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ARRA Funds Accelerating the Pace of Highly Novel Early-Stage Research in Breast Cancer

The University of Pittsburgh Cancer Institute is one of 15 universities and cancer centers participating in NCI's Accelerating Clinical Trials of Novel Oncologic PathWays (ACTNOW) program, an initiative that provides a vivid snapshot of economic stimulus funds at work.

Through American Recovery and Reinvestment Act (ARRA) investments, ACTNOW is funding 37 early phase clinical trials of new treatment regimens, with the hope that these new therapies will soon expand our ability to provide targeted, personalized therapies. The program has dedicated $31 million for phase I and II trials, plus $5 million for support contracts, including support to assist the investigators with data monitoring and statistical analysis.

Pittsburgh used a portion of its ACTNOW funding to hire four new researchers for its early-stage cancer drug development program, enabling the cancer center to launch or accelerate two studies of a promising new drug for women with inoperable breast cancer and ovarian cancer. Without the infusion of funds, studies of this new agent, called ABT-888, would have progressed at a significantly slower pace.

Merrill Egorin, M.D., co-director of the Molecular Therapeutics Drug Discovery Program at Pittsburgh, calls the new drug "exciting, with the potential to work wonders."

ABT-888 is part of a new class of drugs called PARP—or poly (ADP-ribose) polymerase, inhibitors—which block cancer cells' ability to repair DNA damaged by chemotherapy. NCI chose Pittsburgh's ABT-888 program for ARRA funding because previous studies there proved ABT-888 to be effective in shrinking cancerous tumors in a small number of patients. New studies will involve more patients and, it is hoped, will advance the drug to the next stage in drug development.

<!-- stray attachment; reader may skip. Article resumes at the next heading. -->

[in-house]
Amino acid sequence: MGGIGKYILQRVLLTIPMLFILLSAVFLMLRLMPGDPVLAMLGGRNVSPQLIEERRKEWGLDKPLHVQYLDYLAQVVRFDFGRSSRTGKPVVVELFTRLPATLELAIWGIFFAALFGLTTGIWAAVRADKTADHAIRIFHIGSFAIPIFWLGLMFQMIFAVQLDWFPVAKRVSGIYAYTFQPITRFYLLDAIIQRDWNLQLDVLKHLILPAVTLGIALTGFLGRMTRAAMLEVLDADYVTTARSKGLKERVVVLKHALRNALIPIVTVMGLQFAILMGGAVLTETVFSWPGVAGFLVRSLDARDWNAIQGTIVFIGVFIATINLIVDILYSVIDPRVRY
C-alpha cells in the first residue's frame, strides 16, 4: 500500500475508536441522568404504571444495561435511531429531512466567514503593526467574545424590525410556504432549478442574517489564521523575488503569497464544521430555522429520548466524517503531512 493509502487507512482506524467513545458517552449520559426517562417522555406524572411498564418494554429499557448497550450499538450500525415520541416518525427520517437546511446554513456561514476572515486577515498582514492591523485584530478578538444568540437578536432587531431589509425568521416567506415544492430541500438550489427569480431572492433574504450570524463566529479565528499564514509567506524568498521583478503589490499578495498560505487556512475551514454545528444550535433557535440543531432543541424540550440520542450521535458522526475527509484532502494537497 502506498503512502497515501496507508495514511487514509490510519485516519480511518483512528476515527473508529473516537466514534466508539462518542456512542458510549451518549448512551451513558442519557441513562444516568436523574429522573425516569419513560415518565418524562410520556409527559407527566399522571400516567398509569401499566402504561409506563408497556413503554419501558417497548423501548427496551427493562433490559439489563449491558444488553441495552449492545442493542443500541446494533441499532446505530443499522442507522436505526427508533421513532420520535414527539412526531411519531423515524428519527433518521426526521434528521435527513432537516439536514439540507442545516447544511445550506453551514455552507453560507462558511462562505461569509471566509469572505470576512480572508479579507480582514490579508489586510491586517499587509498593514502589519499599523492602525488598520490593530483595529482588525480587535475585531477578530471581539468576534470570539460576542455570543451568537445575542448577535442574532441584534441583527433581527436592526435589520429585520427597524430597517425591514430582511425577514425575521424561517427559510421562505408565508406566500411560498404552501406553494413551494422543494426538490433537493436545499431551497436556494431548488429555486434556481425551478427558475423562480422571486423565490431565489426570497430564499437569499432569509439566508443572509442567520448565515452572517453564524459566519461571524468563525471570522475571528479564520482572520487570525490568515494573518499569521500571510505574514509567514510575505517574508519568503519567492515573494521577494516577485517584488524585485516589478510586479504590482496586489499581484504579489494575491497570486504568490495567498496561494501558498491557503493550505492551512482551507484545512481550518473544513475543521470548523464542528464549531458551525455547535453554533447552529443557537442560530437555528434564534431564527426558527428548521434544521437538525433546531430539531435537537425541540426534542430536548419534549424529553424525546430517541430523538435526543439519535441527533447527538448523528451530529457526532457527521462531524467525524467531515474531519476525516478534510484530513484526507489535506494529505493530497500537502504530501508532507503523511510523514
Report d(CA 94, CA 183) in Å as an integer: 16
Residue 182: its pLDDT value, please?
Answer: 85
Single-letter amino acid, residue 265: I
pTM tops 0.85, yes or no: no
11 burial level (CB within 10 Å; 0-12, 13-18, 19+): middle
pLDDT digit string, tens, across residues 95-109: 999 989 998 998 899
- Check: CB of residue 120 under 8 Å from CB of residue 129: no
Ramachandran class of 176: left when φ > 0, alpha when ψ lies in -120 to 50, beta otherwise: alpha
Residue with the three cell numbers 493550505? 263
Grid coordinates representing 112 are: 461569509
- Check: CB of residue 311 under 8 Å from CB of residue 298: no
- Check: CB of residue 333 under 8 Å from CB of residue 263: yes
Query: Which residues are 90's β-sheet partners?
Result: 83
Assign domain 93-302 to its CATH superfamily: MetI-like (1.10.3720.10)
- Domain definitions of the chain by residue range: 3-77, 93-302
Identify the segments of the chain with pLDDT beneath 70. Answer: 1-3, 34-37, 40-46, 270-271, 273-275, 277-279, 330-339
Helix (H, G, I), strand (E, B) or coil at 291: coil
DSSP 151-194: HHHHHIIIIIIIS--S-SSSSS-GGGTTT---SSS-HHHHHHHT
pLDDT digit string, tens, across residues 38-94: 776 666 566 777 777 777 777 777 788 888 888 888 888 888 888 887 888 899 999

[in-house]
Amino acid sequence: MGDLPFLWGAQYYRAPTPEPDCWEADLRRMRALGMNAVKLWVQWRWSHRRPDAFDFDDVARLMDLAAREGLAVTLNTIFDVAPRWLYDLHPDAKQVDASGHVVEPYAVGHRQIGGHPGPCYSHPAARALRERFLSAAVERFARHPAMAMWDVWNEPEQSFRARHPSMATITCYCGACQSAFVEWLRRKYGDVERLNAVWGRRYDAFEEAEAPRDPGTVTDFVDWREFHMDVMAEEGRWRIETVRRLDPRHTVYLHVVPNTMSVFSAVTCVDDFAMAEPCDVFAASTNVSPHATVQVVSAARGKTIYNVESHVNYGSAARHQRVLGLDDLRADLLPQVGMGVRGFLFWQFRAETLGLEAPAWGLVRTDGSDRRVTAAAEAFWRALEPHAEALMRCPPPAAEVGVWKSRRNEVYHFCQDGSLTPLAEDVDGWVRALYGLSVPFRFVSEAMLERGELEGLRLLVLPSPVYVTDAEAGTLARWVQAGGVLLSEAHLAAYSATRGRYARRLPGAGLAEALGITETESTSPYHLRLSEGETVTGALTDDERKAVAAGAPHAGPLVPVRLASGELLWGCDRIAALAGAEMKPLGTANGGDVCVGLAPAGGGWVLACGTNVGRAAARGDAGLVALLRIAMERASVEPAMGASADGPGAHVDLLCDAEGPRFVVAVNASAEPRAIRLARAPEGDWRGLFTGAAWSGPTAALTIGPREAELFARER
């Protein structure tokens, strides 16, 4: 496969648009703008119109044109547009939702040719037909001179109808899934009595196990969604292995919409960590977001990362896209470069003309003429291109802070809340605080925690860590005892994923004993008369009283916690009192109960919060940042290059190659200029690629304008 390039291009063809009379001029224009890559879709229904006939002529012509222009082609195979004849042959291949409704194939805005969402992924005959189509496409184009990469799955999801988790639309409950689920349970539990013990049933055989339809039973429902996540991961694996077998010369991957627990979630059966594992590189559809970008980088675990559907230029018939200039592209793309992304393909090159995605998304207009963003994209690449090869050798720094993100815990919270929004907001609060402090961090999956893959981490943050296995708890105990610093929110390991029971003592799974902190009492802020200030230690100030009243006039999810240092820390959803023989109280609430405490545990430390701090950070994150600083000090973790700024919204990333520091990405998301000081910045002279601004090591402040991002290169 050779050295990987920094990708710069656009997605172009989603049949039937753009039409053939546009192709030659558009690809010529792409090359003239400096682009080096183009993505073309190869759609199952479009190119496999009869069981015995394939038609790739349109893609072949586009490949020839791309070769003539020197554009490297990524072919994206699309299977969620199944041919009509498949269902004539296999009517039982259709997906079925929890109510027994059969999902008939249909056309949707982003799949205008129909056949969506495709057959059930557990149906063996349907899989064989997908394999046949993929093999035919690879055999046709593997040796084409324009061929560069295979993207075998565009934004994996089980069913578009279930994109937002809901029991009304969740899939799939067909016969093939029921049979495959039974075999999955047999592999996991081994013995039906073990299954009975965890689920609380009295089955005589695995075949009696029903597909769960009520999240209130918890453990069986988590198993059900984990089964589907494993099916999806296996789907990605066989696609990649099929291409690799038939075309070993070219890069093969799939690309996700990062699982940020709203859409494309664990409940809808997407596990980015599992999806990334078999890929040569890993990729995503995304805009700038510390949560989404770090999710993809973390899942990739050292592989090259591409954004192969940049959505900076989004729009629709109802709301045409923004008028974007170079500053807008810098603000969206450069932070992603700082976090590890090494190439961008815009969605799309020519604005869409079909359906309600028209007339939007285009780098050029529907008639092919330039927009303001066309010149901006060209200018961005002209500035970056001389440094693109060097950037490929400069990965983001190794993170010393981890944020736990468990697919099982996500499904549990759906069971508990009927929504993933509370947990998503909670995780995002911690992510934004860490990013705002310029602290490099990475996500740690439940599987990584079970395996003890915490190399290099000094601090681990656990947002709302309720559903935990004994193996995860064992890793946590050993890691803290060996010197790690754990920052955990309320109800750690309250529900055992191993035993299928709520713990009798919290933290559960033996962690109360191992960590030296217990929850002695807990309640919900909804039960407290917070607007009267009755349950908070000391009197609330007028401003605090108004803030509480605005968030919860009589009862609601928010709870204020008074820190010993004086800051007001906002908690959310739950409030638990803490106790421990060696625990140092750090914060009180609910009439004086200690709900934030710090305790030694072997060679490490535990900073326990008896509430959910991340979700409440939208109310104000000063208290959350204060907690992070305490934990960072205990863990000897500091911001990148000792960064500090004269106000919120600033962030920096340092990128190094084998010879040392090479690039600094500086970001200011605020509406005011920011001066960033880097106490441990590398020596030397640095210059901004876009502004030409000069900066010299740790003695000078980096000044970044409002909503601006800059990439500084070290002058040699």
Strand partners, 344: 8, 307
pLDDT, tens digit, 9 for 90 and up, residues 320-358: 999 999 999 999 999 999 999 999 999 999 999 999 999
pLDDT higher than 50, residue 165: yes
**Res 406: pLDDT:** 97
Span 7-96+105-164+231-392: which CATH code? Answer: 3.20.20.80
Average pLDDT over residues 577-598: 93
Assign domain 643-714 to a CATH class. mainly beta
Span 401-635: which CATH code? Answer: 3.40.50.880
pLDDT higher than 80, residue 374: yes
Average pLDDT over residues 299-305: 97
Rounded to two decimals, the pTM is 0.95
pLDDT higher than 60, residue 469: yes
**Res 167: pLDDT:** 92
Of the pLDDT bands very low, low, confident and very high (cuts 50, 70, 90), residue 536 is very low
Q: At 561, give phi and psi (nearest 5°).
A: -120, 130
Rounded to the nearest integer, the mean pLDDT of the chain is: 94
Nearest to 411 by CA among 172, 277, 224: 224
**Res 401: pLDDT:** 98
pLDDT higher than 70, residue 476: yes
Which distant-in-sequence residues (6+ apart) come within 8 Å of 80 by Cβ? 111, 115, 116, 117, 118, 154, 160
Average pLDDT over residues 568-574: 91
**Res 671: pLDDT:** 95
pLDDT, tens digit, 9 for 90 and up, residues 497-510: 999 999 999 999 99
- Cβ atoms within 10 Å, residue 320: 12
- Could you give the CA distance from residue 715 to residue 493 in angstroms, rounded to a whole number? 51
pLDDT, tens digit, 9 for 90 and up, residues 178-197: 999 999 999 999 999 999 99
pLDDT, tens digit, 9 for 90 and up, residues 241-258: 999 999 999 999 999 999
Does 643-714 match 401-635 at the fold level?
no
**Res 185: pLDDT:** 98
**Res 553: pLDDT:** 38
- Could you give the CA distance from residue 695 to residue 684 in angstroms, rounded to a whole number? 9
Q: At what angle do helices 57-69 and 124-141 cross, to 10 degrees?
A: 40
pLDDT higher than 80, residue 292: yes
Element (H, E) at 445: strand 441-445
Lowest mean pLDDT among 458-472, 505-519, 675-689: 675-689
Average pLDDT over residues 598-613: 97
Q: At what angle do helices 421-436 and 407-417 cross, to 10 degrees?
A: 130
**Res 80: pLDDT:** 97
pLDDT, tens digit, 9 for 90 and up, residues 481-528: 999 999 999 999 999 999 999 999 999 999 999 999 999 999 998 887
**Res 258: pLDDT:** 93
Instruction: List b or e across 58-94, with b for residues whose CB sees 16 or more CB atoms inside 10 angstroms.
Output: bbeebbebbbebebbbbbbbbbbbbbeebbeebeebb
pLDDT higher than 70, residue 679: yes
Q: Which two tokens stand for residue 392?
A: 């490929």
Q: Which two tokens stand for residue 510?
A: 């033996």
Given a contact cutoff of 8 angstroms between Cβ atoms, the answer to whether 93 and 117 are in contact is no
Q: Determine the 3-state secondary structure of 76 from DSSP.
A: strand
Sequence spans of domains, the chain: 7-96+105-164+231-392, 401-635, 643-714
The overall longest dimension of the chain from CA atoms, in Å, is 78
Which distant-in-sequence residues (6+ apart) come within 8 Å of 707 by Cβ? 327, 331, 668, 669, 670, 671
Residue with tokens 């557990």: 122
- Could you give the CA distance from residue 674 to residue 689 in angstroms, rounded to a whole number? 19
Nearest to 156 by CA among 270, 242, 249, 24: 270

"Existing cancer therapies are tough to tolerate," said Dr. Egorin from his Pittsburgh laboratory. "But that's changing. Our aim is to use drugs rationally so that we maximize the likelihood of doing something good and minimize doing something bad. At our early stage of research, that requires consideration of different aspects of the drug and more importantly, of the patient."

Dr. Egorin's four new colleagues are: a new clinical research coordinator, a new regulatory specialist, a clinical research coordinator whose previous job was eliminated during the current recession, and a new laboratory technician who recently graduated in the biological sciences. The $1.45 million in ARRA funds will support these positions for two years at Pittsburgh. The cancer center plans to retain the four researchers after the ARRA funds run out, through grants and other traditional funding mechanisms that support translational research at the university. ARRA funds will also support clinical research associates at the two institutions collaborating in the studies: Penn State-Hershey and Emory University in Atlanta.

Dr. Egorin, a 5-year cancer survivor, is passionate about mentoring the next generation of cancer researchers. "I have a group of spectacularly wonderful, smart, young colleagues who all are interested in Phase 1 studies," he said. "My job is to make sure these kids work in, if you will, a greenhouse, where they can put down roots and flower."

For now, Dr. Egorin and his staff have their work cut out for them. With ARRA funding, "We've been able to hire four highly-qualified individuals. We're treating more patients than we would have otherwise and we're generating knowledge with an interesting drug that, in many respects, may revolutionize the way we treat patients."

Merrill Egorin, M.D., professor of medicine and pharmacology, University of Pittsburgh Cancer Institute (UPCI), co-director of the Molecular Therapeutics Drug Discovery Program at UPCI, and director of the Clinical Pharmacology Analytical Facility Core. Interview 9-30-09

This article originally appeared on the National Cancer Institute website.

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